Tuesday, 15 November 2011

Using shared patients to define networks of doctors.

Open Medicine article from Ottawa where they examined administrative data of doctors to see how they were "interconnected". An interconnection was defined as "if these 2 physicians provided at least 1% of their clinic visits over a 2-year period to the same patients".

"Physicians had, on average, 2.2 interconnected physician partners (median = 1; 25th and 75th percentile: 0, 3). Physicians saw mainly their own listed patients, and 7.9% (median = 5.9%; 25th and 75th percentile: 2.4%, 11.6%) of their visits were provided to patients of their interconnected partners. The number of interconnected physicians was higher in group practices that had more physicians, but levelled to 2.5 interconnected physicians in practices with 8 or 9 physicians."

This was very much a 'proof-of-concept' study but the authors go on to suggest two possible uses of such techniques; the examination of collaborative healthcare centred on individual patients using social network techniques, and the examination of health care delivery from a network perspective.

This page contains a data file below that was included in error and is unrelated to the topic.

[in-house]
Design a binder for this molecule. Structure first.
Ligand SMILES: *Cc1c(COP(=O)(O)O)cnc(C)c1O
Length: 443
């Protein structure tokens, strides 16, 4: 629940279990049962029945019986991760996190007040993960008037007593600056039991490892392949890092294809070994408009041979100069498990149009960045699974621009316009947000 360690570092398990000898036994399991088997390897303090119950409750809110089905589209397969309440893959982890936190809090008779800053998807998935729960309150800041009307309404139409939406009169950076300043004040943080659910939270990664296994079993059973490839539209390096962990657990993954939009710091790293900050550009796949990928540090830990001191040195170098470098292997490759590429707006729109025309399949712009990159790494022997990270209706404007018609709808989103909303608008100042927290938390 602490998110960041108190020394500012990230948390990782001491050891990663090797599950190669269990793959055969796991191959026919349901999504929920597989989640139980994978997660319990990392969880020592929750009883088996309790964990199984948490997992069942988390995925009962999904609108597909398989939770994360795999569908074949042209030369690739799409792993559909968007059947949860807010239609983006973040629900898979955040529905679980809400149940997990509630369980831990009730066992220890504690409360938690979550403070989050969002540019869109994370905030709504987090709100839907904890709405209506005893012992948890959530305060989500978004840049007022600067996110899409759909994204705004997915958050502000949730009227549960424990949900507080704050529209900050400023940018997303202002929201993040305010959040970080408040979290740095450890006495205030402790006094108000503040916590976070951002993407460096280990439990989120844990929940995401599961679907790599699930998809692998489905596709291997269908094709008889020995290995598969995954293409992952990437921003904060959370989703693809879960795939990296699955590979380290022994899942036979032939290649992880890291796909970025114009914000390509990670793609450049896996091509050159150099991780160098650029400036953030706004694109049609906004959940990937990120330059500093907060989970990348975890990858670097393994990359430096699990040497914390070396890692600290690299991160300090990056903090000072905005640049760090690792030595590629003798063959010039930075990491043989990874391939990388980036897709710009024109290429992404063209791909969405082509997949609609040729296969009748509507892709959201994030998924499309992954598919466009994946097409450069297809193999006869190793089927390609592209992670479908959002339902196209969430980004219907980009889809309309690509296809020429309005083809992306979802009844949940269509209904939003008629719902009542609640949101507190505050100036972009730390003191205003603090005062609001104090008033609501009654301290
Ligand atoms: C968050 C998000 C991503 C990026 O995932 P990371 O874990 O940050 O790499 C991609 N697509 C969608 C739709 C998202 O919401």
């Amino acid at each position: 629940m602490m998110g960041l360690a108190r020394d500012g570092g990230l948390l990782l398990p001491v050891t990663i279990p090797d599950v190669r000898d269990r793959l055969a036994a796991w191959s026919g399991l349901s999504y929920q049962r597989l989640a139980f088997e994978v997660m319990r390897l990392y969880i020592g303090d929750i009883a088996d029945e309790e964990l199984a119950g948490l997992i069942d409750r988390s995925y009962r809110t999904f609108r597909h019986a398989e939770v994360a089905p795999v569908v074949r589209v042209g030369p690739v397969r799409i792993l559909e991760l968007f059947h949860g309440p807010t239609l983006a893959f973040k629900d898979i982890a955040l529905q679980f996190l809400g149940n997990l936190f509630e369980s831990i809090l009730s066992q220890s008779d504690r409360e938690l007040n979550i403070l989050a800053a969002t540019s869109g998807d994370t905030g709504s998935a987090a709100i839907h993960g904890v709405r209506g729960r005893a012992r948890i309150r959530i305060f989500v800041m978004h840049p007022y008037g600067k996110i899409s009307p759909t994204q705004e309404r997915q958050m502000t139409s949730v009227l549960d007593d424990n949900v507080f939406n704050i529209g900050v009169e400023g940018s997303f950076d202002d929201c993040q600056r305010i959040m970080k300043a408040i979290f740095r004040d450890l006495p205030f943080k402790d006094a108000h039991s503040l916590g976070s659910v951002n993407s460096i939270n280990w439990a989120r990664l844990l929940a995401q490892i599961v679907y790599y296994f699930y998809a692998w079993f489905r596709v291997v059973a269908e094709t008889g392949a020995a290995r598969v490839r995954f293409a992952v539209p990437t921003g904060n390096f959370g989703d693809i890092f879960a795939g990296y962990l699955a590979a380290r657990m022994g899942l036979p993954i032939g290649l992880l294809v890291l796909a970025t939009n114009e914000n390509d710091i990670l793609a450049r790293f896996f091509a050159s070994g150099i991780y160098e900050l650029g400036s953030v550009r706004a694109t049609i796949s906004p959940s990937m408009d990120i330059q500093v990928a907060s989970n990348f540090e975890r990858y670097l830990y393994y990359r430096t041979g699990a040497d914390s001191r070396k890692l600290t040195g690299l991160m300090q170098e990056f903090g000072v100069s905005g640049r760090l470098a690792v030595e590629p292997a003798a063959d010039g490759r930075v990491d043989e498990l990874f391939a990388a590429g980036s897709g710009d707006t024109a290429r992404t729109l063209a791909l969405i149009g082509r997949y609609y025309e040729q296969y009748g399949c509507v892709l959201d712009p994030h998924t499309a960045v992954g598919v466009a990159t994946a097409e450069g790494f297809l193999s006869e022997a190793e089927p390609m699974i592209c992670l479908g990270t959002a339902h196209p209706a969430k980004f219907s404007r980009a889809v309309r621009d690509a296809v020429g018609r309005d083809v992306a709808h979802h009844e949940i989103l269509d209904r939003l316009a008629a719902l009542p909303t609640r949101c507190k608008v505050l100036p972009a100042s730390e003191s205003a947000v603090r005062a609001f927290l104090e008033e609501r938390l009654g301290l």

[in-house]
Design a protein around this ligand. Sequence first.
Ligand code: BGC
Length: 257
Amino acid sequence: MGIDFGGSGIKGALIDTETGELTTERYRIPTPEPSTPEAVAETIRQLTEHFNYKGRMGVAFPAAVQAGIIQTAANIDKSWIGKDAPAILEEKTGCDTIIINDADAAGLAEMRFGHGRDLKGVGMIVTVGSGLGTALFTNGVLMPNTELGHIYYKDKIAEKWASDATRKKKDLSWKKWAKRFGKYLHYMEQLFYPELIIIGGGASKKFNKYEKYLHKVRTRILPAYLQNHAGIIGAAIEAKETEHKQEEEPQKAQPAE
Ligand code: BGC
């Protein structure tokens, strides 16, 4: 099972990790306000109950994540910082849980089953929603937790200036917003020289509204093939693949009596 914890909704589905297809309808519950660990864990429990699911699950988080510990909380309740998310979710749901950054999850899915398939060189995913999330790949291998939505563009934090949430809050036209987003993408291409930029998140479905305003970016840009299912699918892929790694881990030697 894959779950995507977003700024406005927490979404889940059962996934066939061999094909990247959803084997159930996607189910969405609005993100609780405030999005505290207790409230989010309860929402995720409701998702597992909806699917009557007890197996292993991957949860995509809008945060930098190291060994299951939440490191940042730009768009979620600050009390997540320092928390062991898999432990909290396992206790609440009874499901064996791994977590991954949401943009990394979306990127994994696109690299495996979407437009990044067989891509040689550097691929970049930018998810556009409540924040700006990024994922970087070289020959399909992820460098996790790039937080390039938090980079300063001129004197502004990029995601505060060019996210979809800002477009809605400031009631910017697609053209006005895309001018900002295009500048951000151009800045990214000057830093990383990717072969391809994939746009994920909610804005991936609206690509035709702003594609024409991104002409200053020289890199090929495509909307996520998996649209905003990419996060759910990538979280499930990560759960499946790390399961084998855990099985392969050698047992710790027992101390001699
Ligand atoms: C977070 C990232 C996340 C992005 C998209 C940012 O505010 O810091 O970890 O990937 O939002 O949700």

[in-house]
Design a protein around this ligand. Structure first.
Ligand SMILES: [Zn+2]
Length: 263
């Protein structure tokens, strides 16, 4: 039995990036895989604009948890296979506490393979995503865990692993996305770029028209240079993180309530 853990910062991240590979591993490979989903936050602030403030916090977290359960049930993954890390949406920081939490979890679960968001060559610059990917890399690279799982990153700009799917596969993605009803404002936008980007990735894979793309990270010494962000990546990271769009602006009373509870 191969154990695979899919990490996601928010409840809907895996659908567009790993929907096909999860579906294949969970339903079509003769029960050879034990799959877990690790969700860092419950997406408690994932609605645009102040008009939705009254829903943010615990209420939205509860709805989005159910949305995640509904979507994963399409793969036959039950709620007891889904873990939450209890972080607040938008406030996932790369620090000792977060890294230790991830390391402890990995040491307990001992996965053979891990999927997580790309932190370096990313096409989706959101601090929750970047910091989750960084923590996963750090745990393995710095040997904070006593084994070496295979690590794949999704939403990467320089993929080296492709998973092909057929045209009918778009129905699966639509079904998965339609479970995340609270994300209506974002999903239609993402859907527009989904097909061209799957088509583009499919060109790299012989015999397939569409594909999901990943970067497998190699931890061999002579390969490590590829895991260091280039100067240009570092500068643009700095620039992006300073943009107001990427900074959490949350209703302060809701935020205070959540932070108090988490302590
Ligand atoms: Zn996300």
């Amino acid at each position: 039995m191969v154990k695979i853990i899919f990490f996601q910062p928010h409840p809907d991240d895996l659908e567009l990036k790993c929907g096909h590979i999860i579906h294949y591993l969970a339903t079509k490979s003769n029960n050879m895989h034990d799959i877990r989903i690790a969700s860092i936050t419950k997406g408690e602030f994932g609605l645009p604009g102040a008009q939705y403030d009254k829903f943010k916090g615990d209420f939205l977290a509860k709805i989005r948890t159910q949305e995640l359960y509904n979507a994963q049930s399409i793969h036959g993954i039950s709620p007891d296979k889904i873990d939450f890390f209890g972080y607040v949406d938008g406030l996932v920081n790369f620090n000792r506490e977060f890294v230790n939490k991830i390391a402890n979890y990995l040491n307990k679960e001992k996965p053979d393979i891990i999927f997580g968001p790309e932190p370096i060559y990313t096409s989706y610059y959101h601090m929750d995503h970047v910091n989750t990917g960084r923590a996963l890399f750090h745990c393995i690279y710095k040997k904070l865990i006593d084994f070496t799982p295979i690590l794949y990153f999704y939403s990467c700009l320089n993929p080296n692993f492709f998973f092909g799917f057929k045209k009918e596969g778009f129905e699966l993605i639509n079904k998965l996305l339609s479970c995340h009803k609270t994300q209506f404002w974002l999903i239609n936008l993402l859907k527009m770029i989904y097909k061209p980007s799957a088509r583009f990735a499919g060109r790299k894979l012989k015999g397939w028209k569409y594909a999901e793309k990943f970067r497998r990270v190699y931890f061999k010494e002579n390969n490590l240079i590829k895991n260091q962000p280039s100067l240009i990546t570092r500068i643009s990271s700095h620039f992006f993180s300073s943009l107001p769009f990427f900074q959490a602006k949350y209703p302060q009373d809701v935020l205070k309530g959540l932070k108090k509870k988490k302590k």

1. Manuel DG, Lam K, Maaten S, Klein-Geltink J. Using administrative data to measure the extent to which practitioners work together: “interconnected” care is common in a large cohort of family physicians. Open Medicine 2011 Oct;5(4):177-182. Available from: http://www.openmedicine.ca/article/viewArticle/448

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